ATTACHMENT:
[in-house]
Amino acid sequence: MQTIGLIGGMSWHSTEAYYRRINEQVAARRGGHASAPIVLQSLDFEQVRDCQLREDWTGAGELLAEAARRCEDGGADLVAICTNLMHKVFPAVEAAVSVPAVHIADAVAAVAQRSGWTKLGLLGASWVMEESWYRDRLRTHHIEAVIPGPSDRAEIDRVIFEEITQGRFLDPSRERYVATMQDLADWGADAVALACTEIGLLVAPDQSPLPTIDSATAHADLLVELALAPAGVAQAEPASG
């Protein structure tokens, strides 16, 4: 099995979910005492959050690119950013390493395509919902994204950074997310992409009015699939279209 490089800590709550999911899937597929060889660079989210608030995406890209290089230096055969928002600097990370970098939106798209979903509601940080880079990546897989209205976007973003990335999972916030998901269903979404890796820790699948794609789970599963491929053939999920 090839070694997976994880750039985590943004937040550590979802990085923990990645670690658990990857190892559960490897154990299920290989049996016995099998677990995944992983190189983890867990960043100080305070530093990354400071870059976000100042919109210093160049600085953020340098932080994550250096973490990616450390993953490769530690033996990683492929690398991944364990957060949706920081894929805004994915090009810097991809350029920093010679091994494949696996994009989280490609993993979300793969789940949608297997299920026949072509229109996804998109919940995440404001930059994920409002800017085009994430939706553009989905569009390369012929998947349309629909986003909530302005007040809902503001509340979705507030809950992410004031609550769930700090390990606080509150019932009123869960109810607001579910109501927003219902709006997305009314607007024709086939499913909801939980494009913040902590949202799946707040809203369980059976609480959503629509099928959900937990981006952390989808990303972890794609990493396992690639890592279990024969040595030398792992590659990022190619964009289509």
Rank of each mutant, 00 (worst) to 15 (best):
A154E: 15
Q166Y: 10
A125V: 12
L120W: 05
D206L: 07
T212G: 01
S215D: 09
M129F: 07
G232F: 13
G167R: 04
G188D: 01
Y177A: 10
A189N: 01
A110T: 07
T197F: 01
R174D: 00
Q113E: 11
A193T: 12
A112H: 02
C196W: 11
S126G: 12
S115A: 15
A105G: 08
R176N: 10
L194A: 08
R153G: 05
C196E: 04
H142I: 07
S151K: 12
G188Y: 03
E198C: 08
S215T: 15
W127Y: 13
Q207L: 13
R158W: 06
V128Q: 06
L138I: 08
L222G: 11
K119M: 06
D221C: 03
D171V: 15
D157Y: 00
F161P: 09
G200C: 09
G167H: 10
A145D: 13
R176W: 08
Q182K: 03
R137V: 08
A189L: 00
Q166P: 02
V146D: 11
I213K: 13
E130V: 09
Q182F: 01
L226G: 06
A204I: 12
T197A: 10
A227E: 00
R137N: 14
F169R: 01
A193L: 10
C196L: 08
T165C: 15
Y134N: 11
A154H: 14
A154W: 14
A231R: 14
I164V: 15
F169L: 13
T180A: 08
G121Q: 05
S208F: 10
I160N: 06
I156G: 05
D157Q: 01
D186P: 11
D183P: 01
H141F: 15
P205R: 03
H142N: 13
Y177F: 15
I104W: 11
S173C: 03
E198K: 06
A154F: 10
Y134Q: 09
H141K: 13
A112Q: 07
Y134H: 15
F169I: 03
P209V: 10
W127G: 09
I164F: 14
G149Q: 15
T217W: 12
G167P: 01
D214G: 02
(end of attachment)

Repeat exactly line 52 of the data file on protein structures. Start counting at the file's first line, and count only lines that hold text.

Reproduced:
Q182K: 03